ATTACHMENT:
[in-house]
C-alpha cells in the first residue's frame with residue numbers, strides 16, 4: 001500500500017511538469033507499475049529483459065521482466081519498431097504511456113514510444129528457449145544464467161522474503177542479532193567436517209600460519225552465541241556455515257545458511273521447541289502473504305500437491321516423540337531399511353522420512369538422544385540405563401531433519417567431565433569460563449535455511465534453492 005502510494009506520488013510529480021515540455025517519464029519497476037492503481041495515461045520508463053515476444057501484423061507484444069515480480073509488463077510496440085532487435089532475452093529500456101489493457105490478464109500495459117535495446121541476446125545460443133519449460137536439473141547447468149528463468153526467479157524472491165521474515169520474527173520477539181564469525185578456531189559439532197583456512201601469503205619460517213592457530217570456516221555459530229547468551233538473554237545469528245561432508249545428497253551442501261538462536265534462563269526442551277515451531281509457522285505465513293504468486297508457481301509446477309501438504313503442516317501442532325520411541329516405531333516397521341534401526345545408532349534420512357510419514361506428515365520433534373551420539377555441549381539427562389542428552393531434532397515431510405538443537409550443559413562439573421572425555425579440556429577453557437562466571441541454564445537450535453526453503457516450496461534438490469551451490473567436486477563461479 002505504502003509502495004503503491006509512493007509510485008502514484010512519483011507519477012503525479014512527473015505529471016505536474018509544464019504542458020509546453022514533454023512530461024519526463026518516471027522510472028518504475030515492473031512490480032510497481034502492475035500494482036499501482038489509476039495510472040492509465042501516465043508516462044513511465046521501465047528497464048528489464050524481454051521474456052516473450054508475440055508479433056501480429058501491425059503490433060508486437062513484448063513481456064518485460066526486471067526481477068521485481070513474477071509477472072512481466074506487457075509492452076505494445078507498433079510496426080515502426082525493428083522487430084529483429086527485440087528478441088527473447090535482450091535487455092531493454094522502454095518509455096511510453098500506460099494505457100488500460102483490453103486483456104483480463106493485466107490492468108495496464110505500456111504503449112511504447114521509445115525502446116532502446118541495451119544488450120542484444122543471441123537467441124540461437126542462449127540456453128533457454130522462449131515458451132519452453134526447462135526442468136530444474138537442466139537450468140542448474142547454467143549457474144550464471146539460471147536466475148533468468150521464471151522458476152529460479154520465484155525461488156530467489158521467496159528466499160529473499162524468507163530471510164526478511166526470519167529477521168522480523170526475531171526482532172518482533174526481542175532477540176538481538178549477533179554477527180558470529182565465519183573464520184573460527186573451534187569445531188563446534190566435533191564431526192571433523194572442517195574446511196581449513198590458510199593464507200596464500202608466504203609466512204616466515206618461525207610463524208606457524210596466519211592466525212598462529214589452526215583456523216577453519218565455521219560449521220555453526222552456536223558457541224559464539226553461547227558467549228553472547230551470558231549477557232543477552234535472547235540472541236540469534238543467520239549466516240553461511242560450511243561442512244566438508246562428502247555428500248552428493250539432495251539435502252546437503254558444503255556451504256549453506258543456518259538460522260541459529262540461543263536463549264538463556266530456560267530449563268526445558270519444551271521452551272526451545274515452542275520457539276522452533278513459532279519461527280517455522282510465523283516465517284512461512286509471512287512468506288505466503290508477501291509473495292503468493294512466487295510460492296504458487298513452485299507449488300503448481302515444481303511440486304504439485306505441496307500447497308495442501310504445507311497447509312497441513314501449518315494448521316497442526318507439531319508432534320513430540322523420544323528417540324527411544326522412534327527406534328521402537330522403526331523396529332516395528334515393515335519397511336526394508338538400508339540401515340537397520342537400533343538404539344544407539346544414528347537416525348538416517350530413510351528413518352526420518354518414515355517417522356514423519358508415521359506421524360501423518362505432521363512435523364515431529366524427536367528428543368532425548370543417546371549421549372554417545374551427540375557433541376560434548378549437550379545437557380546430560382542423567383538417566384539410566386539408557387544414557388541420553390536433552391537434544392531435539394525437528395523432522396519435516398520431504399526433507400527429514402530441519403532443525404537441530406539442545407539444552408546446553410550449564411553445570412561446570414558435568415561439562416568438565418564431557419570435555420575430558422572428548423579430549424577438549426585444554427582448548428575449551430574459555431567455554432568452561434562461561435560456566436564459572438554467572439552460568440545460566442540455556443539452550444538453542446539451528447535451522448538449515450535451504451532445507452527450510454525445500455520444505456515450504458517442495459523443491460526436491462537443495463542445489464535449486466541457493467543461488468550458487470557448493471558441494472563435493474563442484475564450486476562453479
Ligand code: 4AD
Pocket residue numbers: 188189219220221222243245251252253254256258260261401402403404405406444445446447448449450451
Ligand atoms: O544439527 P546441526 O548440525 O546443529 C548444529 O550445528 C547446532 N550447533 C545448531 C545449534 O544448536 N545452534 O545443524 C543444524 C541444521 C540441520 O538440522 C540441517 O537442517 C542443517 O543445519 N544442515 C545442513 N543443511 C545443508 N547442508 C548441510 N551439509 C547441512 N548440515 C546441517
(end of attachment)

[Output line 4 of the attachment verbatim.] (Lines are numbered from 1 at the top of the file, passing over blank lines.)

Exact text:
Pocket residue numbers: 188189219220221222243245251252253254256258260261401402403404405406444445446447448449450451